I think that Paul would whole-heartedly disagree. You’re right that salvation as envisioned by many Jews, particularly by the time of Christ, was of the kind you describe, but that’s his whole point. The misimagined it. Look at what Jesus says in Luke 24:25-27: whether it’s obvious or not, the Old Testament is Christological. So says Christ. Now, certainly, there are lots of temporal and corporate elements of the Old Covenant, but that doesn’t diminish the reality of individual sin redemption by the blood of Christ. Perhaps the most obvious point would be that there are people who lived and died before the Incarnation who were still individually saved by Christ. The point of the Old Testament is to point towards Christ, prepare a way for Him, and draw people towards Him, including the righteous dead of the OT.
So the righteous dead of the OT worshipped Christ, even if they didn’t know Him as distinct from the Godhead YHWH. A number of the Jews at the time of Christ rejected Him in the Flesh. And that brings me to: John 12:44-45, where Jesus says, “Whoever believes in Me believes not only in Me but also in the One who sent Me, and whoever sees Me sees the One who sent Me.” And Luke 10:16, “He who listens to you listens to Me; he who rejects you rejects Me; but he who rejects Me rejects Him who sent Me.” So turning your back on one part of the Trinity is turning your back on the entire Trinity.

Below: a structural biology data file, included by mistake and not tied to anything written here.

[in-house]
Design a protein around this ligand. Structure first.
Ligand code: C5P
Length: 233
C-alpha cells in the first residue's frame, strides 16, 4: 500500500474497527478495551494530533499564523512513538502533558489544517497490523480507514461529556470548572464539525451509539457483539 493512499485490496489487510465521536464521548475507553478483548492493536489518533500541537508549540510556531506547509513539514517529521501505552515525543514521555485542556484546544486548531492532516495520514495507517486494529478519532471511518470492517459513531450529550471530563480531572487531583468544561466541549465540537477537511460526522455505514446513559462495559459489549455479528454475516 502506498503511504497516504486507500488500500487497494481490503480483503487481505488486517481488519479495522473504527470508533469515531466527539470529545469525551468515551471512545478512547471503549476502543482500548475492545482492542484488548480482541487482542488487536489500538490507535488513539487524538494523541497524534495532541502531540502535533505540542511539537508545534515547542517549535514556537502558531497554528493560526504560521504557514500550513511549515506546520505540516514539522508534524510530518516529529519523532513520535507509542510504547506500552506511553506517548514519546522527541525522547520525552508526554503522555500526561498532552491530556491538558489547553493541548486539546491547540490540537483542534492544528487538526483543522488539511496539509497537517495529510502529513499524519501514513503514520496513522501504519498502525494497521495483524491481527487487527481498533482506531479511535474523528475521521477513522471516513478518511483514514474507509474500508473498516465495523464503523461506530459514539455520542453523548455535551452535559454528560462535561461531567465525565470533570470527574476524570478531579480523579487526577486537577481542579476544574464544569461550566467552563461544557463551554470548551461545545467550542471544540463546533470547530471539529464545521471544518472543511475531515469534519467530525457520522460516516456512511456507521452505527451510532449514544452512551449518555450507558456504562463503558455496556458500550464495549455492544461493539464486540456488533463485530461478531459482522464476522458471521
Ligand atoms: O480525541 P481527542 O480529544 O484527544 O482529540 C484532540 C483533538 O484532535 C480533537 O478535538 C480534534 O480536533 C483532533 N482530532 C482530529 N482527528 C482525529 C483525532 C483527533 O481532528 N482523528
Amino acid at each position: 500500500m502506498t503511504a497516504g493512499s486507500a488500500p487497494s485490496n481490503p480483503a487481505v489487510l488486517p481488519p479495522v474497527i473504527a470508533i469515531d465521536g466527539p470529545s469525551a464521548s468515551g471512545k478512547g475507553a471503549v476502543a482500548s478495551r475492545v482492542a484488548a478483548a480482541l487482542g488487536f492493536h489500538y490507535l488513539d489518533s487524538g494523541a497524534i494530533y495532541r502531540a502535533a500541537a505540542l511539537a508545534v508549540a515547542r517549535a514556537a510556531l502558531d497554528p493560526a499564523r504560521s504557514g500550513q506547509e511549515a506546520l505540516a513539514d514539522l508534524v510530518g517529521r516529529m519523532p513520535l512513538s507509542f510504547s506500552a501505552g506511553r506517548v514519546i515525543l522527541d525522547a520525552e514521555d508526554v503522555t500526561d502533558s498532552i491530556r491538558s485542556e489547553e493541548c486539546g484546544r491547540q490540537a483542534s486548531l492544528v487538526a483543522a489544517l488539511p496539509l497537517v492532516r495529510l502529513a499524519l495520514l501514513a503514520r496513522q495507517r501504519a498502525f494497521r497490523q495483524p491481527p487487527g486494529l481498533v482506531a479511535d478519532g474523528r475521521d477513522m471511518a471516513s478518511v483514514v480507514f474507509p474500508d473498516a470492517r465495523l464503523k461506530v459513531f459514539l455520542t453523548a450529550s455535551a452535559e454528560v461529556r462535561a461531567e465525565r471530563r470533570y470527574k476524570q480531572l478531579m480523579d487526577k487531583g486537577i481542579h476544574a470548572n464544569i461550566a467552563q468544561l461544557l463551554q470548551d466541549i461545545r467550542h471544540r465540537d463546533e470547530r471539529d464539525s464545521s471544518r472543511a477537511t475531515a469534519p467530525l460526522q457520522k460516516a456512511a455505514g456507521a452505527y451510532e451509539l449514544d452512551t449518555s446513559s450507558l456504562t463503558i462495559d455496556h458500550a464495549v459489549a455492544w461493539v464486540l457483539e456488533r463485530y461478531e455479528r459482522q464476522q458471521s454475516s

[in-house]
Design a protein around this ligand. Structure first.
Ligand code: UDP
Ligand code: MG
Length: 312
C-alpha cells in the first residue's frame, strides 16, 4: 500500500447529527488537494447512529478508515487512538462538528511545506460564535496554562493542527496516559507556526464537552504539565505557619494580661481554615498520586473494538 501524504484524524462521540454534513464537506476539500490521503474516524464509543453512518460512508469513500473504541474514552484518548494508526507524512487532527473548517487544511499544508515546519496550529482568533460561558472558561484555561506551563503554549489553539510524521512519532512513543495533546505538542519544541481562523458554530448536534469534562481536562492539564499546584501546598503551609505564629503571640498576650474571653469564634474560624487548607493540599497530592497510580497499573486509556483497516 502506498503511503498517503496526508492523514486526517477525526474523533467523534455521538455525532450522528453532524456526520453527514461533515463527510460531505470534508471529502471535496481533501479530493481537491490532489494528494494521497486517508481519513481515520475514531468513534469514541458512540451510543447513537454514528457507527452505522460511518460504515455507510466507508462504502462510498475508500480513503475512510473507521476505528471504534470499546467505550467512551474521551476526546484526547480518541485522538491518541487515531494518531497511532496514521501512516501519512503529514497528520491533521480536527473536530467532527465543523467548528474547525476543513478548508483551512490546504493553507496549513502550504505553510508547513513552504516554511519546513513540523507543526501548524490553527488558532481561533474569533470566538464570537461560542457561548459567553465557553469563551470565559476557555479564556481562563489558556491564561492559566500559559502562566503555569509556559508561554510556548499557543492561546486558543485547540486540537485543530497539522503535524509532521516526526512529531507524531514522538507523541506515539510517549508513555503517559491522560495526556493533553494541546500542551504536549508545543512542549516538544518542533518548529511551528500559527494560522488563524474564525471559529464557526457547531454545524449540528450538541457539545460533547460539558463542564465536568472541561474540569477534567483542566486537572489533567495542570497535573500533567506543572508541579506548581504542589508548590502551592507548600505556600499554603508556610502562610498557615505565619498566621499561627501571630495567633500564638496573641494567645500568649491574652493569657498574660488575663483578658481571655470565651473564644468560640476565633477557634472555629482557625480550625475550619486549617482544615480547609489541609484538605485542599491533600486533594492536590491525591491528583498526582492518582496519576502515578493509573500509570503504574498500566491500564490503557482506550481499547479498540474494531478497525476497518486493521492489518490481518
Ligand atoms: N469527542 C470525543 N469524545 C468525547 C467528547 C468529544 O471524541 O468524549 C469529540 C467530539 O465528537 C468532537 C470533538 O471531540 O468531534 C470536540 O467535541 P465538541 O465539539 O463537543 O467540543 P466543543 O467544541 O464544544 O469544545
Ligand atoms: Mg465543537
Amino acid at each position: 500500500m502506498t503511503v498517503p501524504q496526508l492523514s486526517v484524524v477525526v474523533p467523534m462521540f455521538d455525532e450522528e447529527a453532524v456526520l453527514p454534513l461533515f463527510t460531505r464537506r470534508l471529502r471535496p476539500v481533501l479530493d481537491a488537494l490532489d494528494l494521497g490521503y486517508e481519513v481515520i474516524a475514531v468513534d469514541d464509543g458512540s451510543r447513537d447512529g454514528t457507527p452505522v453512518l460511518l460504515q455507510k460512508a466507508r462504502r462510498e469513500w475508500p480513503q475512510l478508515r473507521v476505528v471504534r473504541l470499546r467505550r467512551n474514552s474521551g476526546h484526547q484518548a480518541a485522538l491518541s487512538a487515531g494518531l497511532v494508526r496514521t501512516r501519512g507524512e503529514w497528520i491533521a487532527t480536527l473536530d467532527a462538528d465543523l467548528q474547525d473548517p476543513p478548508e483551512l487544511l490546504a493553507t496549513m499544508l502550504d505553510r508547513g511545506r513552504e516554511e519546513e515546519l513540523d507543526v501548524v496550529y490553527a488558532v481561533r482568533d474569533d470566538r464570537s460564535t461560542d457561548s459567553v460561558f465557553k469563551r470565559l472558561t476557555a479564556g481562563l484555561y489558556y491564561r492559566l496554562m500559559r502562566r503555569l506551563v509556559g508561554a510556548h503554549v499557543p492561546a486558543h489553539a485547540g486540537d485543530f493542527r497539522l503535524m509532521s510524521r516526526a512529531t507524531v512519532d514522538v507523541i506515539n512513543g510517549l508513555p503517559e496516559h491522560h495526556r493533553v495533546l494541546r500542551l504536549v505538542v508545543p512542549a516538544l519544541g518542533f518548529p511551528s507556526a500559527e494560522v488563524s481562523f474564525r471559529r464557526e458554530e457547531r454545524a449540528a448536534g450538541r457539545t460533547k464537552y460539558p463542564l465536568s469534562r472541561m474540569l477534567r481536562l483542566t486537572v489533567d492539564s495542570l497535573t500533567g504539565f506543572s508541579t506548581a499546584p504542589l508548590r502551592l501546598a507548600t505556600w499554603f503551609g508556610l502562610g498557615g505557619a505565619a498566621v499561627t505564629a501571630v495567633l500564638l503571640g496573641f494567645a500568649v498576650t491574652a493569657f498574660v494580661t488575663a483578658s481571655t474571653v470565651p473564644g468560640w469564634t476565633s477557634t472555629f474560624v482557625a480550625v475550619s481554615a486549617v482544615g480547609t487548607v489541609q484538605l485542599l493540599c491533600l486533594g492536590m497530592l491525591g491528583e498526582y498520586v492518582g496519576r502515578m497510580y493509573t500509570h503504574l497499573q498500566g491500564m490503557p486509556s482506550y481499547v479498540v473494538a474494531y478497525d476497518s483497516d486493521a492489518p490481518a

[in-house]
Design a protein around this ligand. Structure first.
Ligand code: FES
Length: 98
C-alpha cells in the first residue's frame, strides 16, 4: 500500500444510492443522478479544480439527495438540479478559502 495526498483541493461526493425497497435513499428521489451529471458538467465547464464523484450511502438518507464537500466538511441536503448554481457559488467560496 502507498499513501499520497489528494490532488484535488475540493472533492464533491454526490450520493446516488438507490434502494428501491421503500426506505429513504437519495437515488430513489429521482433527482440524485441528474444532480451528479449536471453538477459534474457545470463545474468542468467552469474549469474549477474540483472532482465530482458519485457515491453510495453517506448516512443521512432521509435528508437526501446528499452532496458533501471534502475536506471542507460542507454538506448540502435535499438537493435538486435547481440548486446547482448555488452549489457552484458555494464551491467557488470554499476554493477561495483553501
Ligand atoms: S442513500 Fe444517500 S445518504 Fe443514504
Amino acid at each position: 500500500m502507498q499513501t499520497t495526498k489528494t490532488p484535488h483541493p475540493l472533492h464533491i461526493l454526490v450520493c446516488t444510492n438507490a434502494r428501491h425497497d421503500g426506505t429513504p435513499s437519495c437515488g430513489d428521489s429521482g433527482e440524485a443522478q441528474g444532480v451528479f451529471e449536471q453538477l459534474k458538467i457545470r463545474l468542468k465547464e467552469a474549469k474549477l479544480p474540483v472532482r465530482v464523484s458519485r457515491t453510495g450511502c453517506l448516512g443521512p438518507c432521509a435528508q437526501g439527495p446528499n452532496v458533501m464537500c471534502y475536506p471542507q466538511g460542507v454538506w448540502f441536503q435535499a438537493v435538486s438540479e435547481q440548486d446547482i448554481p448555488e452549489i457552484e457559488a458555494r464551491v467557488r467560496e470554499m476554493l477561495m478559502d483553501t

– If the root is the covenant/patriarchs and the branches are the people groups
of the Nation/nations (nations, tribes, clans, houses, families), then I believe
it completely reasonable to state that it is not individual salvation for Heaven
from individual sin that Paul is talking about, but instead the group
blessing/curse which you disagree with. Remember the covenants. By his grace
alone, God chose the people first and first delivered them/saved them. [Noah
from a sin filled world, Abraham form Chaldea, Moses from Egypt, David from
unrighteous leadership]. Then, after granting deliverance, God made His covenant